Le Havre is a long, complex game that requires a large table and involves a lot of cards with detailed text and symbols. I was curious to see how someone could fit all that into a playable iPhone game, and the answer turns out to be that they couldn’t. They make a valiant effort, with different areas of the board that you can tap to expand. In the normal collapsed view, the cards are “stacked” so that the titles are readable as long as there aren’t too many yet. It even shows everyone’s play areas, with the current player’s given a little more space. All the information is there as long as you tap the right spots to get into it. However, it’s very hard to follow. I’m an ok Le Havre player, but I act like a complete novice in the iPhone app because I don’t notice everything that’s going on. Yes, all the information and actions are there (including a slow-to-page-through log of past turns), but I just can’t take it in on the phone.

Part of me feels like cutting the creators some slack, because this was a valiant attempt to fit so much complexity onto a small screen. They definitely did a better job than I would have. But the ads in the app destroyed my good will. It’s a $5 game, a premium price by App Store standards, but it still has frequent ads. Admittedly, they’re for other games by the same company rather than third-party ads. But still, they appear frequently and have “close” buttons that are almost impossible to hit on the first try. I’ve never had so much trouble just trying to hit a simple “X” button, and every time I fail, it takes me out of the app and into Safari. (Also, sometimes you may tap an option on the normal menu, and the app decides that you clicked a not-yet-seen ad.) I don’t know whether or not they intentionally tried to increase their hit rates by making it so easy to follow the advertised links by accident, but they couldn’t have done a better job if they had tried. (Oh, and did I mention that the screechy in-game music is so bad that I need to keep my phone on silent whenever I play?)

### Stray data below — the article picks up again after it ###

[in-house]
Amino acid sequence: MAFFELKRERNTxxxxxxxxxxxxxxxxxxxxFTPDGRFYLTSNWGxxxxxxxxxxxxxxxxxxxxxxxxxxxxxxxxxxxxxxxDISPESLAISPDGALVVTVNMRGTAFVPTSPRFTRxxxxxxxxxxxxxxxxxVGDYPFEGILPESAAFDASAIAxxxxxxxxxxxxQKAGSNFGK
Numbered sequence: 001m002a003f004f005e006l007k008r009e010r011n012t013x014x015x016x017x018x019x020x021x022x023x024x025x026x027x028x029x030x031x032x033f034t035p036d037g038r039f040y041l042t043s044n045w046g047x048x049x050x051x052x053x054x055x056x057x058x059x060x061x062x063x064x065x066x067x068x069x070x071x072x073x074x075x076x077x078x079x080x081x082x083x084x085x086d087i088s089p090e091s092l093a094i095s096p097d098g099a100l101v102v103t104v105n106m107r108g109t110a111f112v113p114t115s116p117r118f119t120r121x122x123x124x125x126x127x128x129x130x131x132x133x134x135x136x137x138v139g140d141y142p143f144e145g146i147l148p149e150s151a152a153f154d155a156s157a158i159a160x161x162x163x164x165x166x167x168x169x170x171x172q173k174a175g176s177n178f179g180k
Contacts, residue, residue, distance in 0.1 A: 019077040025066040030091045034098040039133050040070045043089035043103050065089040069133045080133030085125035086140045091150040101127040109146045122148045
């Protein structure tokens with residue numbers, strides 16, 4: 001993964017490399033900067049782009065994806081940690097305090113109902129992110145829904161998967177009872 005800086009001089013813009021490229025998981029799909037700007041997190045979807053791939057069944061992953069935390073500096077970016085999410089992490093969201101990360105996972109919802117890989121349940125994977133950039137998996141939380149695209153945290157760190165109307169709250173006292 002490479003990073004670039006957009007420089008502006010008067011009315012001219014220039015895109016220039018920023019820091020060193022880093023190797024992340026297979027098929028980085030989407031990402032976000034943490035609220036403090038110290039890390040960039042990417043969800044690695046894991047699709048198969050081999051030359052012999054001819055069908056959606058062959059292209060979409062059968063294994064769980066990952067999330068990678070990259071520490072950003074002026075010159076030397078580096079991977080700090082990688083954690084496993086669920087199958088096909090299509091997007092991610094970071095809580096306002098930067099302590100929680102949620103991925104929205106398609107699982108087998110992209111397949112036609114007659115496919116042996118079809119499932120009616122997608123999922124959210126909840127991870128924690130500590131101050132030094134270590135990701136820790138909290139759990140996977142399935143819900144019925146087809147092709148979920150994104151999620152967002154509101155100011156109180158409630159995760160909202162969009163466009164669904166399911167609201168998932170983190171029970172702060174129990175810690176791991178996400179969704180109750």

I’m told that Le Havre is playable on the iPad, and I can believe that. But it’s sold for the iPhone, and that’s what I’m reviewing. In that format, it’s a confusing, unplayable mess. I give them some credit for the complexity of the implementation, but that’s the best praise I have.

Grade: D


Ticket to RideTicket to Ride

The physical version of Ticket to Ride is one of the classic “gateway” Euro games, and from what I hear, the app has been just as successful. I think it deserves that. It’s a near-perfect implementation of the board game, with all information fitting neatly on the screen. Your hand goes across the bottom, the cards you can draw from across the side, and your specific “tickets” (missions) down in a corner. You do have to cycle through the tickets one at a time, but that’s rarely necessary because the app automatically highlights every city you need to connect. The view of all required cities is usually all you need to know, unless you’re trying to decide which missions to give up on. Keeping track of those locations on the map yourself can be the most frustrating part of the game, so the app has a big advantage over the tabletop version. Though there’s no log of all past turns, it also does a nice job of displaying everyone’s most recent move in a status bar across the top. That bar also summarizes the number of cards and train tokens players are holding, so everything you could normally need to know is covered at a glance. I can think of several more obscure things I’d like to know: How many wild cards did an opponent use when they built that last track, or at which specific point since I last checked in did the available cards refresh? However, I would rarely use this information.